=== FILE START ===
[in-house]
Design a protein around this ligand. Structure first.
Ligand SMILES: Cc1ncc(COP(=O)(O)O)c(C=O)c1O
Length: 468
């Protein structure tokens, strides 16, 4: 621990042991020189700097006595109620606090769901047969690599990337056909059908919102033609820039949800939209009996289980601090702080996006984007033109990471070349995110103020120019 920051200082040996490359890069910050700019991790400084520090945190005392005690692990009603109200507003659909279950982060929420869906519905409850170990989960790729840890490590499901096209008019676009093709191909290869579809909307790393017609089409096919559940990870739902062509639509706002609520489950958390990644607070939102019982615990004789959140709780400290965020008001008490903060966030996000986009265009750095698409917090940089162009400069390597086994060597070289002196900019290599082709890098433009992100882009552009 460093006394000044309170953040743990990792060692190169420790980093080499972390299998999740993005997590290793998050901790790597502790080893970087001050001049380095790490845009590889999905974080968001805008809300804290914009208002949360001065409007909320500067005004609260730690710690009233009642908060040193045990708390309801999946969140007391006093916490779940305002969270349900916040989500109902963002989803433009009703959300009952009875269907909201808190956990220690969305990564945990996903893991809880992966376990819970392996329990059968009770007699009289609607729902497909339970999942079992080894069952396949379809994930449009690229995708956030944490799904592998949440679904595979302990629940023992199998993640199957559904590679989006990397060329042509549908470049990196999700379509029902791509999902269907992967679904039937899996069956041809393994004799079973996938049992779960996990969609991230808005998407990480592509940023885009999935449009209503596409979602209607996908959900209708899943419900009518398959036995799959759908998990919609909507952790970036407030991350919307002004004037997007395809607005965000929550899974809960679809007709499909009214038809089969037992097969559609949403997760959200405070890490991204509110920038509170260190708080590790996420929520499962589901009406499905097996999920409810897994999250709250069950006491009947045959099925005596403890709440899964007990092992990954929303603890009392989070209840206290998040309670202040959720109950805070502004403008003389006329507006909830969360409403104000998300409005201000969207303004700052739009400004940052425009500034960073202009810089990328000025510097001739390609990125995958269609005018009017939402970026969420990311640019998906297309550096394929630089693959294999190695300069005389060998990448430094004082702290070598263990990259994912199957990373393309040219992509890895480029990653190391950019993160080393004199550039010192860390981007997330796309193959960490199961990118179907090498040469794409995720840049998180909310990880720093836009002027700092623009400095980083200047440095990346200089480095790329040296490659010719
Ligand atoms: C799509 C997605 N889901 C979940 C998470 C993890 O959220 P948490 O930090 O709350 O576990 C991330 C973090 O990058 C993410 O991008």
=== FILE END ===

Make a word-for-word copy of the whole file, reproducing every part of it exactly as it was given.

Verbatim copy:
[in-house]
Design a protein around this ligand. Structure first.
Ligand SMILES: Cc1ncc(COP(=O)(O)O)c(C=O)c1O
Length: 468
């Protein structure tokens, strides 16, 4: 621990042991020189700097006595109620606090769901047969690599990337056909059908919102033609820039949800939209009996289980601090702080996006984007033109990471070349995110103020120019 920051200082040996490359890069910050700019991790400084520090945190005392005690692990009603109200507003659909279950982060929420869906519905409850170990989960790729840890490590499901096209008019676009093709191909290869579809909307790393017609089409096919559940990870739902062509639509706002609520489950958390990644607070939102019982615990004789959140709780400290965020008001008490903060966030996000986009265009750095698409917090940089162009400069390597086994060597070289002196900019290599082709890098433009992100882009552009 460093006394000044309170953040743990990792060692190169420790980093080499972390299998999740993005997590290793998050901790790597502790080893970087001050001049380095790490845009590889999905974080968001805008809300804290914009208002949360001065409007909320500067005004609260730690710690009233009642908060040193045990708390309801999946969140007391006093916490779940305002969270349900916040989500109902963002989803433009009703959300009952009875269907909201808190956990220690969305990564945990996903893991809880992966376990819970392996329990059968009770007699009289609607729902497909339970999942079992080894069952396949379809994930449009690229995708956030944490799904592998949440679904595979302990629940023992199998993640199957559904590679989006990397060329042509549908470049990196999700379509029902791509999902269907992967679904039937899996069956041809393994004799079973996938049992779960996990969609991230808005998407990480592509940023885009999935449009209503596409979602209607996908959900209708899943419900009518398959036995799959759908998990919609909507952790970036407030991350919307002004004037997007395809607005965000929550899974809960679809007709499909009214038809089969037992097969559609949403997760959200405070890490991204509110920038509170260190708080590790996420929520499962589901009406499905097996999920409810897994999250709250069950006491009947045959099925005596403890709440899964007990092992990954929303603890009392989070209840206290998040309670202040959720109950805070502004403008003389006329507006909830969360409403104000998300409005201000969207303004700052739009400004940052425009500034960073202009810089990328000025510097001739390609990125995958269609005018009017939402970026969420990311640019998906297309550096394929630089693959294999190695300069005389060998990448430094004082702290070598263990990259994912199957990373393309040219992509890895480029990653190391950019993160080393004199550039010192860390981007997330796309193959960490199961990118179907090498040469794409995720840049998180909310990880720093836009002027700092623009400095980083200047440095990346200089480095790329040296490659010719
Ligand atoms: C799509 C997605 N889901 C979940 C998470 C993890 O959220 P948490 O930090 O709350 O576990 C991330 C973090 O990058 C993410 O991008």